You asked and we answered! We’re celebrating episode 325 of the Doughroller Podcast with questions from our listeners and a special guest, Carter Cofield, who also goes by Corlton, a financial planner and accountant for creative entrepreneurs.
Carter and I will help you to understand that sound personal finance and investing decisions flow from two things: (1) knowing the numbers and knowing ourselves. If we know the numbers but not ourselves, our decisions will look good on a spreadsheet, until our real world decisions deviate from the plan. If we know ourselves but not the numbers, our decisions may feel right, but lead us down the wrong path. So what’s the answer? We need to think like Mr. Spock, but act like Captain Kirk. Allow me to explain.
Mr. Spock was a human computer (at least when he wasn’t mating). He took in data, processed it and spat out an answer. He could calculate the odds of the outcome of an action to multiple decimal places. Any decision that deviated from his statistical analysis was, in a word, illogical.
And that brings us to Captain Kirk. Kirk was one big ball of energy, emotion and passion. He made decisions based on instinct and gut feeling. He listened to Mr. Spock, but he didn’t always follow his advice. He was the yang, Mr. Spock was the yin.
And that brings us back to personal finance and investing. To make sound money decisions, we need to know the hard, cold numbers like Mr. Spock, and we need to know our own emotions and human nature like Captain Kirk. To show you what I mean, let’s apply this way of thinking to some real life money decisions many of us have or will face:
Buying versus renting a home
There’s been a lot of discussion lately about whether it is best to buy or rent. A few years ago, home buyers were king of the hill. Today, as the market declines, renters are grinning like a Cheshire Cat. When the market eventually improves, home owners will be back on top, and the cycle will repeat itself. So how should this decision be made?
The Numbers: Crunching the numbers on renting versus buying is not an exact science. In addition to considering the interest rate, maintenance costs, insurance, and taxes consequences, you have to make a best guess at future rent increases and home prices. Fortunately, online calculators make this analysis easier. Here is one of my favorite rent versus buy calculators. Once you’ve figured out the numbers, there’s still more to consider before making a decision.
The Decision: One significant benefit that renting sometimes offers comes from investing the money you save from avoiding a higher mortgage. If you lack the discipline to invest the difference, however, buying may be the better choice even if the numbers say otherwise. Buying can “force” you to save each month as you pay down the loan and as the value of your home goes up. If the numbers support buying a home, renting could still be the best choice if you will be tempted to use your home equity like an ATM machine. Constantly refinancing and taking money out of the home to finance vacations, cars and other purchases can quickly erode the benefit of buying. This is a perfect example of the importance of knowing ourselves, not just the numbers.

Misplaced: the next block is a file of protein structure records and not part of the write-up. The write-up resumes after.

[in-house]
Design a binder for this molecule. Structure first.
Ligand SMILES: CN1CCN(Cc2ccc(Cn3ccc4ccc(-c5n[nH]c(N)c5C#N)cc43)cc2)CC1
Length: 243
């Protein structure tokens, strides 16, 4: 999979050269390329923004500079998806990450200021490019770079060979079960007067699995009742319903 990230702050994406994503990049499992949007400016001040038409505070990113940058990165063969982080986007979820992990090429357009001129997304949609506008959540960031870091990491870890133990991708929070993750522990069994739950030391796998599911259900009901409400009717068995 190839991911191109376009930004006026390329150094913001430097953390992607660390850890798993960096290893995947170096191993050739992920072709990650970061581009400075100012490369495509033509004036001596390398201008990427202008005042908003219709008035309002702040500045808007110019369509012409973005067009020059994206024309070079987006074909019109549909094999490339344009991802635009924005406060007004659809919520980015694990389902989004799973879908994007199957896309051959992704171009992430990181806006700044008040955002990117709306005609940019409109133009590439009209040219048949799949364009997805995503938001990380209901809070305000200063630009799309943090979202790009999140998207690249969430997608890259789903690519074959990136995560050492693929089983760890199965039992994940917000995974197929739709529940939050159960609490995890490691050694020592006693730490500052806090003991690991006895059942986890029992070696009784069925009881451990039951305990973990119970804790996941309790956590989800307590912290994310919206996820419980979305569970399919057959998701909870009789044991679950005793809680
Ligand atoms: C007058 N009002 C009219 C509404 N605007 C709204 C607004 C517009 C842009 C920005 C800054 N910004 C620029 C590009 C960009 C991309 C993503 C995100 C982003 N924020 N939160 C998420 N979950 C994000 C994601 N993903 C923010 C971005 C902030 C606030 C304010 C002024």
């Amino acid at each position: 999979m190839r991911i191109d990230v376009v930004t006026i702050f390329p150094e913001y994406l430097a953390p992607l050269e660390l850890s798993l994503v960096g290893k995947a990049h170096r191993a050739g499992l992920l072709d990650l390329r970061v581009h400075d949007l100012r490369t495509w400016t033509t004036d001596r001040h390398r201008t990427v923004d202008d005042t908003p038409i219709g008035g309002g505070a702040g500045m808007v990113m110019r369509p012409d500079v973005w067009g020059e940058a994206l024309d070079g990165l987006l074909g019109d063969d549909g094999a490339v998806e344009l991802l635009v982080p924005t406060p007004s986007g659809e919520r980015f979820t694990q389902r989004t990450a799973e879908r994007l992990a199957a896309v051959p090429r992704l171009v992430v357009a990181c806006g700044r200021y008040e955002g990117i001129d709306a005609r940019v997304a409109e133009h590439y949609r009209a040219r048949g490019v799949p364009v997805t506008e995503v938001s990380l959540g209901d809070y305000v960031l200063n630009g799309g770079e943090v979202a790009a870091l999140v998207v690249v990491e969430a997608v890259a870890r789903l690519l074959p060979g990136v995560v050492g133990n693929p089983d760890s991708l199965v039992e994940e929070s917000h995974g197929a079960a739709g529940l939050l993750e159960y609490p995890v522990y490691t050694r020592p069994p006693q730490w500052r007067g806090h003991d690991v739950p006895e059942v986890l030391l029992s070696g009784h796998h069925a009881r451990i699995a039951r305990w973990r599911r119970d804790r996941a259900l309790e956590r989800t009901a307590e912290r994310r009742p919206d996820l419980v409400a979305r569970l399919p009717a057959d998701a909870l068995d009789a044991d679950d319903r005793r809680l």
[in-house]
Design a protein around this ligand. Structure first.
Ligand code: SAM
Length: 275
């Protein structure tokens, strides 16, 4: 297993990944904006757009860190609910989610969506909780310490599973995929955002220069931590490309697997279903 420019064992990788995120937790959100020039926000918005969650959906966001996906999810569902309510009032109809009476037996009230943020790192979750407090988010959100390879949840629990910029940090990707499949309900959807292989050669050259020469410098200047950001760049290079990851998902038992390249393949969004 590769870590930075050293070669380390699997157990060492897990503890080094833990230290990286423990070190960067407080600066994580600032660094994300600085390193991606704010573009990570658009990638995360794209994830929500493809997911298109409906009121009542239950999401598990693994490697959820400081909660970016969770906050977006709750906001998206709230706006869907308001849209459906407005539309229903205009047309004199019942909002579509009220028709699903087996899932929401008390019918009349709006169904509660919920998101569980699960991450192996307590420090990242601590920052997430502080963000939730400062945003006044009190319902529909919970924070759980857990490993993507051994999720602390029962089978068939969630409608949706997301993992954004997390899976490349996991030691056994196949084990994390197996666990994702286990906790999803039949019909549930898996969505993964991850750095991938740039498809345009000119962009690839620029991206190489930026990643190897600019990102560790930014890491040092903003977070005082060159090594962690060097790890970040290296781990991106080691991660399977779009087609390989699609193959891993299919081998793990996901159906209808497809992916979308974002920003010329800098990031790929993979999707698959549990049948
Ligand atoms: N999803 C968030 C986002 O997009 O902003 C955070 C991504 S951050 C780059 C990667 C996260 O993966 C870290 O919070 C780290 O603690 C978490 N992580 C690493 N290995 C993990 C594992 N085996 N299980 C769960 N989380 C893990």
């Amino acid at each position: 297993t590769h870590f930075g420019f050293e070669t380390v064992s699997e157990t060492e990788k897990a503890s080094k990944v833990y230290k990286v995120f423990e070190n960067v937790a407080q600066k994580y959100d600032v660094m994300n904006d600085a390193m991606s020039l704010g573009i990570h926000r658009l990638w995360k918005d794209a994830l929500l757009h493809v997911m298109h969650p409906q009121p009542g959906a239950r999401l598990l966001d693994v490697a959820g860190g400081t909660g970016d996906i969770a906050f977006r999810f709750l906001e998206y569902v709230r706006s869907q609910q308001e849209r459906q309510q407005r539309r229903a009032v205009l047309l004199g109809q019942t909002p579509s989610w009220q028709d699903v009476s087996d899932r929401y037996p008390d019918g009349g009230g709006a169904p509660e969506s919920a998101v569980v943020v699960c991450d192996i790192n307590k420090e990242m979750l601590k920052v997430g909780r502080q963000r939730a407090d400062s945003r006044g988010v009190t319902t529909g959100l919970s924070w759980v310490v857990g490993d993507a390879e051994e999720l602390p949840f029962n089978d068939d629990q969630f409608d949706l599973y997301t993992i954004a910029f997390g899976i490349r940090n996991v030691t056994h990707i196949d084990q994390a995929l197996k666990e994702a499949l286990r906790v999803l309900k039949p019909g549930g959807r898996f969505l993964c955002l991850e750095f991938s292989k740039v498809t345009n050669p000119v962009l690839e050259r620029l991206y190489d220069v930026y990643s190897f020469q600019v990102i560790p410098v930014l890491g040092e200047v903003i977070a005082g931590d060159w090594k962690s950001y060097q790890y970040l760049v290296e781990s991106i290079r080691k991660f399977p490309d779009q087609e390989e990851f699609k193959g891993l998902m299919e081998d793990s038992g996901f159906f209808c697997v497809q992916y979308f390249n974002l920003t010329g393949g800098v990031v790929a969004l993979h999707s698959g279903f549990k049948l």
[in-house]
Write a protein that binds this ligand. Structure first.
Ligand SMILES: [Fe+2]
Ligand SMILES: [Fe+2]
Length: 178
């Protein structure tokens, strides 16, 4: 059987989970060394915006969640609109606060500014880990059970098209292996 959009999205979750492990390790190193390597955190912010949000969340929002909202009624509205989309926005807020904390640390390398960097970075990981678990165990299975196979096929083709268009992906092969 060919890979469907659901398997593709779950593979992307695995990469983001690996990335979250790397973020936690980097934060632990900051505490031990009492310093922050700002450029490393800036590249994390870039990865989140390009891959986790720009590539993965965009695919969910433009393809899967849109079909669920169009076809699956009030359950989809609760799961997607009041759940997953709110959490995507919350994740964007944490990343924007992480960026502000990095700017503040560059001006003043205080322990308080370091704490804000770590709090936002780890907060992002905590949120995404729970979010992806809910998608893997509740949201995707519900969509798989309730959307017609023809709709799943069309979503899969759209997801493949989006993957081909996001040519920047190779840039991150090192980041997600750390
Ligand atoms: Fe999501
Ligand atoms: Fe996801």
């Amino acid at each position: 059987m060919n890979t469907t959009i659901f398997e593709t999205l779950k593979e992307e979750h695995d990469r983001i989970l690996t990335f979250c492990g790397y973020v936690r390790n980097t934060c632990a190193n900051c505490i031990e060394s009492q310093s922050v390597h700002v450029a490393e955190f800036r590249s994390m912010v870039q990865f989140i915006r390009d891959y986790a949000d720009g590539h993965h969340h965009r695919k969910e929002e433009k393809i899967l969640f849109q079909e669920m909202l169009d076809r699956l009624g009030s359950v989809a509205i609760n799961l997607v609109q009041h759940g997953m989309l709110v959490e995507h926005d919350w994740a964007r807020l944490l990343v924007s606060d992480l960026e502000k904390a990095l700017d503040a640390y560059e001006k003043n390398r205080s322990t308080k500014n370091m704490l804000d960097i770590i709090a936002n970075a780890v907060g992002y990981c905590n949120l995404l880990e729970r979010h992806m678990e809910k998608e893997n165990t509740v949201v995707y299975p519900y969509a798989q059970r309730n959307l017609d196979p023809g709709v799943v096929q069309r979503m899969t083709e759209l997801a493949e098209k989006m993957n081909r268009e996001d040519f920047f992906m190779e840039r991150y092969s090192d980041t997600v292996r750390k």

Paying down debt or investing
I reader recently asked me this question: Should he borrow from his home equity line of credit to invest in the stock market. A related question we often face is whether to use extra cash to pay off debt or to invest.
The Numbers: The question here is whether the returns from the investment will exceed the cost of the debt. To answer that question, we’ll need to make some assumptions about future returns, which is always a dangerous business. We”ll also need to consider whether any of the interest we pay is tax deductible. If it is, we’ll need to reduce the interest rate by the tax benefit before making the comparison. For example, a 7% home equity line of credit that’s tax deductible becomes 4.9% assuming a 30% tax rate at the margin (interest rate * (1 – tax rate) or 7% * 70%). So if we also assume an 8% return on our investment in a Roth IRA, the numbers tell us to invest the excess cash rather than pay down the debt. Note that if the investment were in a taxable account, we also would need to reduce the investment returns by our expected tax bill. If we assume 15% long-term capital gains, the 8% before tax return still beats the 4.9% effective rate on the line of credit (8% * 85% or 6.8%).